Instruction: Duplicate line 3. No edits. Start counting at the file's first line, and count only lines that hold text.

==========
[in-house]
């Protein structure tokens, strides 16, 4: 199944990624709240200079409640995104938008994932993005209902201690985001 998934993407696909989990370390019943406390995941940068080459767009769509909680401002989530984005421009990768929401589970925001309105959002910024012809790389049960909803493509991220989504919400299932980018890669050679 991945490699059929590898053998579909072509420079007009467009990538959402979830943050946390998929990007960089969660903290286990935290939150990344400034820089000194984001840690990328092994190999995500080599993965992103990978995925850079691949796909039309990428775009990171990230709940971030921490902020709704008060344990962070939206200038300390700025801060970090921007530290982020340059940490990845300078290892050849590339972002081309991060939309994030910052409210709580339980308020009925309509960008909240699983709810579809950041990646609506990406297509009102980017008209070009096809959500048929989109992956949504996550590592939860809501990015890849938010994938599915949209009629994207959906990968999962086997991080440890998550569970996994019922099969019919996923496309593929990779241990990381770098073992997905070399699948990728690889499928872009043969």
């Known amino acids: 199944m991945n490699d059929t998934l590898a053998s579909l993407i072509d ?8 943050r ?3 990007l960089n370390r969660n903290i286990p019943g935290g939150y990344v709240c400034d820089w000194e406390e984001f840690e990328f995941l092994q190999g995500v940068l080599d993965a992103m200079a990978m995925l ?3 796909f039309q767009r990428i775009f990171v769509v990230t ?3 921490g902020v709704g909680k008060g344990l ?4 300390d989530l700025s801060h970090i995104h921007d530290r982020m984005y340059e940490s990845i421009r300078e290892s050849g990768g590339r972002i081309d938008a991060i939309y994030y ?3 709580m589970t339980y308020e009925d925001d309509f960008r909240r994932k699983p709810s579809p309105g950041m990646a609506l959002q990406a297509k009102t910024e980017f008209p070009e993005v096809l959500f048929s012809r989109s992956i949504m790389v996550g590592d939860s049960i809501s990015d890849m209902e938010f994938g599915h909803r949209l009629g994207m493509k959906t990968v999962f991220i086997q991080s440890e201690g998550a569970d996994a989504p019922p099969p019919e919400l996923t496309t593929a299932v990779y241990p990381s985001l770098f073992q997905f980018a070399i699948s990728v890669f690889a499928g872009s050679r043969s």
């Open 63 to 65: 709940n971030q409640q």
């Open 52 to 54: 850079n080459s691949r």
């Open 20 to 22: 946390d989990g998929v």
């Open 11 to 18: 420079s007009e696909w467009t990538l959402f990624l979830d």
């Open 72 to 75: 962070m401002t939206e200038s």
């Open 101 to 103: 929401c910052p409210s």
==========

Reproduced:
């Known amino acids: 199944m991945n490699d059929t998934l590898a053998s579909l993407i072509d ?8 943050r ?3 990007l960089n370390r969660n903290i286990p019943g935290g939150y990344v709240c400034d820089w000194e406390e984001f840690e990328f995941l092994q190999g995500v940068l080599d993965a992103m200079a990978m995925l ?3 796909f039309q767009r990428i775009f990171v769509v990230t ?3 921490g902020v709704g909680k008060g344990l ?4 300390d989530l700025s801060h970090i995104h921007d530290r982020m984005y340059e940490s990845i421009r300078e290892s050849g990768g590339r972002i081309d938008a991060i939309y994030y ?3 709580m589970t339980y308020e009925d925001d309509f960008r909240r994932k699983p709810s579809p309105g950041m990646a609506l959002q990406a297509k009102t910024e980017f008209p070009e993005v096809l959500f048929s012809r989109s992956i949504m790389v996550g590592d939860s049960i809501s990015d890849m209902e938010f994938g599915h909803r949209l009629g994207m493509k959906t990968v999962f991220i086997q991080s440890e201690g998550a569970d996994a989504p019922p099969p019919e919400l996923t496309t593929a299932v990779y241990p990381s985001l770098f073992q997905f980018a070399i699948s990728v890669f690889a499928g872009s050679r043969s």